Welcome to Microsoft Pri0: That's Microspeak for top priority, and that's the news and observations you'll find here from Seattle Times reporter Sharon Chan.
June 18, 2008 8:33 AM
Posted by Benjamin J. Romano
Chinese regulators confirmed an antitrust probe of Microsoft and other software companies, according to an Agence France-Presse report this morning. Updated, 4:55 p.m. with the full Microsoft statement. Updated, Thursday morning: Officials from the same Chinese agency quoted in the AFP story are now saying there is no antitrust probe. Please see this post for an update.
A spokeswoman with China's State Intellectual Property Office told the news agency, "Our departments are carrying out the investigation. We will release the findings later."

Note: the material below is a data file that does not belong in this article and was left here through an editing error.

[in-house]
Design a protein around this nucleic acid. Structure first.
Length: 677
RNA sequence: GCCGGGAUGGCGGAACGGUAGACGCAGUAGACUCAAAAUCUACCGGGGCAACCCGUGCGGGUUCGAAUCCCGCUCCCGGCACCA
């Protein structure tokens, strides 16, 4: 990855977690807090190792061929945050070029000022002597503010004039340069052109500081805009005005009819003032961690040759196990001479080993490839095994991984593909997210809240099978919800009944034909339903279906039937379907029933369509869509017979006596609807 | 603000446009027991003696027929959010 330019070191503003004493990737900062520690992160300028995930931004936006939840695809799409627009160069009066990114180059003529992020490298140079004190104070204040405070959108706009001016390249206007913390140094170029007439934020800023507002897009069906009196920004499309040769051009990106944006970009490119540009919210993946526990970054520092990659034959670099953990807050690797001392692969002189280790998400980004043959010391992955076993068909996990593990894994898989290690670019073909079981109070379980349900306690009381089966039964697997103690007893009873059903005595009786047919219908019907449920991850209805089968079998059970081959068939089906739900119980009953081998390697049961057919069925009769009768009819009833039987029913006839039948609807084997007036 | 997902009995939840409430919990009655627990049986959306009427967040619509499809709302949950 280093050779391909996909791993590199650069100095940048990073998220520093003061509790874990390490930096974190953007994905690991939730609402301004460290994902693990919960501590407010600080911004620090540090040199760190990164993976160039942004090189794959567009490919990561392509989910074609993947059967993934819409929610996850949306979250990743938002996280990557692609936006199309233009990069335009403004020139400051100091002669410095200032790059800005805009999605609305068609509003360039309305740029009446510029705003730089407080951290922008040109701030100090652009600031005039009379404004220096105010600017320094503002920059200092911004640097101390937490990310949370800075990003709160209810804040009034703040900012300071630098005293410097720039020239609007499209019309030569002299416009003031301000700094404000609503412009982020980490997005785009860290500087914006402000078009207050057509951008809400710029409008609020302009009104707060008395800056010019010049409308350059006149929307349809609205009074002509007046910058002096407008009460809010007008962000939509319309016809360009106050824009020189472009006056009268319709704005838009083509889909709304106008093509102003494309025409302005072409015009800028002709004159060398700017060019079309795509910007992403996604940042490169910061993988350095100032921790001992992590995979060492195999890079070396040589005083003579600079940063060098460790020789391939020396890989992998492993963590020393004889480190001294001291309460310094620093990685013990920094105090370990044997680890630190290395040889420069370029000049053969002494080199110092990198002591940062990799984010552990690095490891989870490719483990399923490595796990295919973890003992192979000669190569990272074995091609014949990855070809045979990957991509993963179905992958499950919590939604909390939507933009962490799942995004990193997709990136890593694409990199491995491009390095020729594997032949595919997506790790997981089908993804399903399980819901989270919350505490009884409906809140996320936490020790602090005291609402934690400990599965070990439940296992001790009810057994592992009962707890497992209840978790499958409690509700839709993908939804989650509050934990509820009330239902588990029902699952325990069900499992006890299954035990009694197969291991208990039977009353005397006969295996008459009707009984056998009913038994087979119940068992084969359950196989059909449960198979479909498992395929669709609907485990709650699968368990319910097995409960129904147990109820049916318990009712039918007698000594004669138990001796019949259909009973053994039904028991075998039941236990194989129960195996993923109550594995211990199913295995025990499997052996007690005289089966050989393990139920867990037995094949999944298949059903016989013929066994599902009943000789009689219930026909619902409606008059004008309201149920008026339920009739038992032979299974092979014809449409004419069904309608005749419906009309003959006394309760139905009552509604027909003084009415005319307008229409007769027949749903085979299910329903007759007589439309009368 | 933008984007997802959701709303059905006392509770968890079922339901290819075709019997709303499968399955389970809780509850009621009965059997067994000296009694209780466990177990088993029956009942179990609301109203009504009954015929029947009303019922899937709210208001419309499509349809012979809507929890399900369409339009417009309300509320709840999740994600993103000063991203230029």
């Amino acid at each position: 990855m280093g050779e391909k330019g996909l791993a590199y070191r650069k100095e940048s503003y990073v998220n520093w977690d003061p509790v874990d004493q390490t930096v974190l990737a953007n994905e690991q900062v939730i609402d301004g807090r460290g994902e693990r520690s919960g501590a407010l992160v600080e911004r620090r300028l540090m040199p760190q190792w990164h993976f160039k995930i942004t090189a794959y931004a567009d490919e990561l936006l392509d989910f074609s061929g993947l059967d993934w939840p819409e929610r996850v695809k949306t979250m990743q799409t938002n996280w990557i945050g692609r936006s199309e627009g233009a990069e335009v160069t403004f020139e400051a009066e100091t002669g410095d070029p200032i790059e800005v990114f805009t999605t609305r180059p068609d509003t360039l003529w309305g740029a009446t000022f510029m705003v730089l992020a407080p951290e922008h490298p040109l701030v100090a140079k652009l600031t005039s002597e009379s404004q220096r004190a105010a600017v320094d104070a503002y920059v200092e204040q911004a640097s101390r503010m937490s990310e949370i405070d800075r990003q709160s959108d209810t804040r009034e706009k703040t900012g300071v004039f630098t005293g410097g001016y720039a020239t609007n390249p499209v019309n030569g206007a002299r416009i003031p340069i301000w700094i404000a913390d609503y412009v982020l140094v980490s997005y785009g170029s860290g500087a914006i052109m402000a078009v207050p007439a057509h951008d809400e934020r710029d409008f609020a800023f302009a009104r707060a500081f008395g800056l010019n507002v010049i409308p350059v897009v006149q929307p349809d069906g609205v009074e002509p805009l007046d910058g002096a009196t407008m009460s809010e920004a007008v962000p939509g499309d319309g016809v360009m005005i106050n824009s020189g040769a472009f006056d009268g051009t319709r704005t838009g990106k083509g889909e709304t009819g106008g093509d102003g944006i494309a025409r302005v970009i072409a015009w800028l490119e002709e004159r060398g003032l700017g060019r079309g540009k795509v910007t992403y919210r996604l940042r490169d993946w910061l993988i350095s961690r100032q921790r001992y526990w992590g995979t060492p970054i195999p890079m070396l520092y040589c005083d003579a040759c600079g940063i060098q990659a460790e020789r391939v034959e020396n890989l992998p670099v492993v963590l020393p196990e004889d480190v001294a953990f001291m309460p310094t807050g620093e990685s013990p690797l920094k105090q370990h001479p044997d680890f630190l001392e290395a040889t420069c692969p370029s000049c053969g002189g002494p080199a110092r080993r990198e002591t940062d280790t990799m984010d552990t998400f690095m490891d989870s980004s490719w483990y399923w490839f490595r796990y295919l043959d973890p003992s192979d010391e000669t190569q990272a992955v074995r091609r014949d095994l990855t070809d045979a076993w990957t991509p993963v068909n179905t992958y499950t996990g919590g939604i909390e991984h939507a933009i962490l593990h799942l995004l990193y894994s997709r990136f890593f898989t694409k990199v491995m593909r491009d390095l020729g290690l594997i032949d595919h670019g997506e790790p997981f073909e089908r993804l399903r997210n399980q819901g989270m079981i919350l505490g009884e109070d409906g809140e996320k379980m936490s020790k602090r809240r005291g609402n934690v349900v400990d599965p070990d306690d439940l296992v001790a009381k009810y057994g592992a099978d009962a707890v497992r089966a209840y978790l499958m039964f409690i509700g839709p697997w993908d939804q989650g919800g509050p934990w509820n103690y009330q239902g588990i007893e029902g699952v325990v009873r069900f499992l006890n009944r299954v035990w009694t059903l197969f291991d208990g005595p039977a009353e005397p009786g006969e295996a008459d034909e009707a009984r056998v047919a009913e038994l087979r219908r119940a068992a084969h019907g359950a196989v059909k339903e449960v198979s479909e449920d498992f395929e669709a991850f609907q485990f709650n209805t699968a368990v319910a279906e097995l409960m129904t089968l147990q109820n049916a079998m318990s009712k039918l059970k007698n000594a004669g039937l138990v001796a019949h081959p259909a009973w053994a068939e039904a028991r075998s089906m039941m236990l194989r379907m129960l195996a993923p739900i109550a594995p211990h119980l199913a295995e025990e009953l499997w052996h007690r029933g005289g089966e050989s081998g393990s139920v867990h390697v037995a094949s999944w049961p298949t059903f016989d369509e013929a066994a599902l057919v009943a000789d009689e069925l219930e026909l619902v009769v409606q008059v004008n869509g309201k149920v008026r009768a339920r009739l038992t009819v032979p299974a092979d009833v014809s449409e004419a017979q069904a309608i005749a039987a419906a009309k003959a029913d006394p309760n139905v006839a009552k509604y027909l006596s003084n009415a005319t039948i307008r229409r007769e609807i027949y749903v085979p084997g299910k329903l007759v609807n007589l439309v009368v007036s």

The statement confirms an earlier report from Shanghai Securities News, referenced by AFP. The Shanghai Securities News report, citing unnamed sources, described an investigation around operating system software and potential lawsuits by Chinese companies under a new anti-monopoly law that takes effect Aug. 1, a week before the opening of the summer Olympics.
We're seeking comment from Microsoft.
AFP reported that Microsoft China, based in Beijing, told the news agency it was not aware of any probe. It issued a statement to AFP praising the anti-monopoly law.
Here's that statement: "We are not aware of a competition law investigation in China. Microsoft fully supports China's efforts in establishing an environment conducive to promoting fair competition. We believe efforts such as the AML [Anti-Monopoly Law] will better safeguard the interests and benefits of consumers, encourage innovation and enhance economic development."
A programming note: I've had a few days off recently, which accounts for the low volume of posts here. We're getting back up to speed now.
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Bill Gates, who last week ended his full-time involvement with Microsoft, was often right. He made a career, a company and an industry by looking over the horizon.